In Kyle's mind what distinguishes the sheepdog from the wolf is the purity of his intentions. One thing that means is that it is hard, perhaps impossible, for an independent observer to tell the difference. For the US Army, pure intentions are a given -- not something any American politician, least of all a simpleton like Huckabee, would dare examine. If the US Army whips your butt, you had it coming. Still, there are at least four problems with this assumption: one is that pure intentions are real hard to come to and maintain (especially in an individualist/capitalist society which puts so much motivational weight on self-interest); second, even if your intentions are pure, the information you act on is often faulty (which is the main reason we keep killing people we didn't intend to); third, power is seductive and addictive, so as you build it you'll be tempted to flaunt it (cf. Madeleine Albright's tease: "What's the point of having this superb military that you're always talking about if we can't use it?" ); fourth, no one else can see (or trust) your intentions, so all they have to go on is your acts.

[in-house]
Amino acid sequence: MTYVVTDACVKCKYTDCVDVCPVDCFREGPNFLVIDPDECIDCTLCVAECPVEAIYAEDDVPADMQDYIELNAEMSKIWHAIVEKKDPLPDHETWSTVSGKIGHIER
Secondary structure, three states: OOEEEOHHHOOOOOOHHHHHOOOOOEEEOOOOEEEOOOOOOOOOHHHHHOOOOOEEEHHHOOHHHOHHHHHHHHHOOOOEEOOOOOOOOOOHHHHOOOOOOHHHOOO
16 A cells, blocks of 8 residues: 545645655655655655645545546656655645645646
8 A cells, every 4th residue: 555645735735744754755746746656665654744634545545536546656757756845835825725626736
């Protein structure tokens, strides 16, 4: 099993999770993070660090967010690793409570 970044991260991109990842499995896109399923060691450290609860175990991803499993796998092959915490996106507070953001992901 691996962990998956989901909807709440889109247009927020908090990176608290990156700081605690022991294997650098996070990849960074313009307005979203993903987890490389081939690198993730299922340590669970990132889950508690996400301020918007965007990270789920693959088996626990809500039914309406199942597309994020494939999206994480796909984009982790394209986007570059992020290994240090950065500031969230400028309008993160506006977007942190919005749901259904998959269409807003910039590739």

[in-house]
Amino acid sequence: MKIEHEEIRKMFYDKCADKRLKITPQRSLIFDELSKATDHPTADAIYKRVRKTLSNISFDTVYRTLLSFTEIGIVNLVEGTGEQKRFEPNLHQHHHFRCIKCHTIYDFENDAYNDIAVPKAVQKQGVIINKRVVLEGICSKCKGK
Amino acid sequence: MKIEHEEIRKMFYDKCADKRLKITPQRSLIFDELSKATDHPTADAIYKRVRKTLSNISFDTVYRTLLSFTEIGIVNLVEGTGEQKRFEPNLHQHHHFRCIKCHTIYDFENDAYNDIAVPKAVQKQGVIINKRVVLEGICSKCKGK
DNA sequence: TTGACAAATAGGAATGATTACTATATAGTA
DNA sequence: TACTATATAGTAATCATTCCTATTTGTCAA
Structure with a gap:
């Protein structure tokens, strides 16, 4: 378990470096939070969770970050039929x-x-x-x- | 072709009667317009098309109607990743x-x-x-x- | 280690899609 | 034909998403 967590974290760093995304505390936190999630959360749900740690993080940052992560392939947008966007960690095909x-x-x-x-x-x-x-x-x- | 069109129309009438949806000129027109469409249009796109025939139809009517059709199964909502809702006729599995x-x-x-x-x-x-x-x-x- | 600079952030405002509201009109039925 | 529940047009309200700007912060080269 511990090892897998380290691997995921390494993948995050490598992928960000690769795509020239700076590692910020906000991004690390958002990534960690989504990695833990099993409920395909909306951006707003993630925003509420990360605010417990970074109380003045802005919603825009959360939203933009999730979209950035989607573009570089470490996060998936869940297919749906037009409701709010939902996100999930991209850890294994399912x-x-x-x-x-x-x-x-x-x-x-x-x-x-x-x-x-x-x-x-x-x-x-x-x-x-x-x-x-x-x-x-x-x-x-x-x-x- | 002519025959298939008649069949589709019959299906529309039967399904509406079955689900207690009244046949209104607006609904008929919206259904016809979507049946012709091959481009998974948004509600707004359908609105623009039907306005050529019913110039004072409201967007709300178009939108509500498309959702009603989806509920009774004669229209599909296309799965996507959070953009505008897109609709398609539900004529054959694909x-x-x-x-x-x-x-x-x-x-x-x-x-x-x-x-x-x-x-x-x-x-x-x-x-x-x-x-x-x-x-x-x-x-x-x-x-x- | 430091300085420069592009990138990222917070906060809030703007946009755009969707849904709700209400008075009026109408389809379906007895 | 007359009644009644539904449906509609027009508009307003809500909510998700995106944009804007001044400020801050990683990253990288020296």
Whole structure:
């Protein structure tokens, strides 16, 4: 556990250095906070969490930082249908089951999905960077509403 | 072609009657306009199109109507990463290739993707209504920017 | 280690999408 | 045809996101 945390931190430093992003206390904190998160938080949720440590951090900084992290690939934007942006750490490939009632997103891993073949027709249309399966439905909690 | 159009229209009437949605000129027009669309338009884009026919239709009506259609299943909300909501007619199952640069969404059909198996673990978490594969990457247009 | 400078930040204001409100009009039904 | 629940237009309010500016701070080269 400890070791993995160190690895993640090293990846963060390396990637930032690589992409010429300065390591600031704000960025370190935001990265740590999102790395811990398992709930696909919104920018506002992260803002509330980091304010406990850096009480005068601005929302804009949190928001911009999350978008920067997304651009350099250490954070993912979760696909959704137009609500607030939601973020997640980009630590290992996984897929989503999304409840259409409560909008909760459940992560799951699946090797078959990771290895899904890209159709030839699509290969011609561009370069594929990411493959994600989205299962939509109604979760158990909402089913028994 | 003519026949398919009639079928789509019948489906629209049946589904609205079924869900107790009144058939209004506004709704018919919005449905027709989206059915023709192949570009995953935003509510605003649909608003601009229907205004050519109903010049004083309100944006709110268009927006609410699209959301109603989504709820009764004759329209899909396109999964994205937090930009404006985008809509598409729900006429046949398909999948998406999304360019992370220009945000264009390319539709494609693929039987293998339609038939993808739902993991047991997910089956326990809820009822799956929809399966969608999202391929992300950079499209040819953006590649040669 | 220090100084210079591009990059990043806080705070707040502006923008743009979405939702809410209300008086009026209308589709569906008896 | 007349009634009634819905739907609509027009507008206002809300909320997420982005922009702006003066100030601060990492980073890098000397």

If the last paragraph seems theoretical, remember that what Huckabee is proposing isn't a hypothetical. The US has had the world's most dominant, most expensive, most far-reaching military in the world at least since 1945, so we have seventy years of history we can reflect upon. No one can doubt that the US had the power to destroy any nation that tried to bully it. As a first approximation, you might even think that strategy worked: no other nation has directly attacked US soil, nor the soil of any nation the US has a multilateral defense treaty with. On the other hand, that hasn't meant 70 years of secure peace. In fact, the US has engaged in dozens of overt and/or covert wars throughout the period. I'm not going to run down the list. The point is that being able to "whip butts" isn't a formula for peace. As practiced by the US for seventy years, it's a formula for perpetual war.